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Walking into a new school in the middle of my seventh grade year, I felt waves of excitement, fear and trepidation. No familiar faces—a whole new set of classes, teachers and students to meet. New friends to make? I hoped so, but on a day like this, that seemed too much to hope.

I’d had these feelings before, like coming into my fourth elementary school in the middle of my second grade year. The students were all reciting something I’d never heard: “ I before E , except after C .” I felt like an alien, very lost and out of place.

It’s happened to just about everyone at one time or another. Being a stranger in a new place, knowing no one, with no friends in sight. Or having your best friend move away, or worse, turn away and no longer be your friend.

Friends can give life both its zest and its stability. They can make the good times far better and the bad times much easier. But what can you do when life throws you a curve and takes you away from your friends? What if good friends are really hard to find?

Mother Teresa, a hero of the poor, sick and downtrodden of the world, was no stranger to disease and suffering. But when she was asked “What is the worst disease you have seen?” she replied: “Of all the diseases I have known, loneliness is the worst.”

We all have times of loneliness—it can even happen in a crowd. But the God who made us doesn’t want us to be lonely. He wants us to have strong, meaningful relationships—with our families, with friends, with His Church and with Him.

What can we do to gain more friends? Here are a few ideas gleaned from many wise people, young and old, and from observing many friendly people. Let’s start with a very simple one that can have surprising results:

• Smile! Remember a time when a simple smile meant a lot to you? Give some of that power away. Try a scientific experiment (or trust those who have): People often smile back when others smile at them. You have to make this first move in breaking the ice. It’s a subconscious clue that you are friendly.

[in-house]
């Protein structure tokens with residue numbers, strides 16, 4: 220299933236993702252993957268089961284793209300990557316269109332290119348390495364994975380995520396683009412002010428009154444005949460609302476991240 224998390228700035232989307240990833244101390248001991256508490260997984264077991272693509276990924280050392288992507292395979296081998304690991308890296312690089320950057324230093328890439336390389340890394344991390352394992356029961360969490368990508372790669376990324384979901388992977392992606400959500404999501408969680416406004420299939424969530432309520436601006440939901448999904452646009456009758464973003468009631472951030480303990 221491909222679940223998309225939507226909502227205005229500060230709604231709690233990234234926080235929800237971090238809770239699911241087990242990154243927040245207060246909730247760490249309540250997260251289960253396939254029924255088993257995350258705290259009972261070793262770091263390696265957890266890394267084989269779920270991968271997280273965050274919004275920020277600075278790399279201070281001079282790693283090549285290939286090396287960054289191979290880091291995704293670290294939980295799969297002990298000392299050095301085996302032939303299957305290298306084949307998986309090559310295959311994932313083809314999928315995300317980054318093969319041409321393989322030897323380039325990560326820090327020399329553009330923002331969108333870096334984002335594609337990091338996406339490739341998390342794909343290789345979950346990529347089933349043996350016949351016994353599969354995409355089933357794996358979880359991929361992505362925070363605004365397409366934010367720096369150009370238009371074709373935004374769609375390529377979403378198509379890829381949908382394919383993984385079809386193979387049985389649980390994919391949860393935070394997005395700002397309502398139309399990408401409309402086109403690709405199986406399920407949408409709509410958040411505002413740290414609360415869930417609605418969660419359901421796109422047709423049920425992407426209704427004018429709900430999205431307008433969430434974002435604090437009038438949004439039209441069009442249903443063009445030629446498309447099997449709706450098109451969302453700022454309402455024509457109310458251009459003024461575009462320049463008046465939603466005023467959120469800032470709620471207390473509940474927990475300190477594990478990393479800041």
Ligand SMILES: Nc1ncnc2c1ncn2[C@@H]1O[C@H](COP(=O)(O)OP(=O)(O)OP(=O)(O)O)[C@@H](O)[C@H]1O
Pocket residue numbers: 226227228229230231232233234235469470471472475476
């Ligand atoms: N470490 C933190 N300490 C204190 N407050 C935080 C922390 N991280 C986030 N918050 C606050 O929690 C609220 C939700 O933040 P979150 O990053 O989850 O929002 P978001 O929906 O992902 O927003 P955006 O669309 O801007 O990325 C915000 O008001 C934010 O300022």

• Say something encouraging. “I hope you do well in the game [or in the concert or on the math test].” Too often people hear put-downs—but a sincere compliment or friendly word of encouragement can be a welcome breath of fresh air.

• Show your interest. Ask about their hobbies, sports or other interests.

• Listen. So many of us hunger for others to listen to us. We can provide that invaluable service—free! Communication experts talk about the importance of eye contact and body language as cues that we are really listening. Don’t let your eyes wander or you’ll send the wrong message. (You don’t have to stare the person down, though. Just let your eyes show you are interested.)

• Develop a hobby; join a club or team. Friendships grow most naturally in the soil of shared interests.

• Study friendly people. Consider the things the “friend magnets” you know do, and see how to adapt them to your personality. A high school senior I know, who always seems to be able to meet new people, is bold and outspoken and cheerful. Maybe your personality won’t stretch enough right now to be bold and outspoken, but the cheerfulness part might work.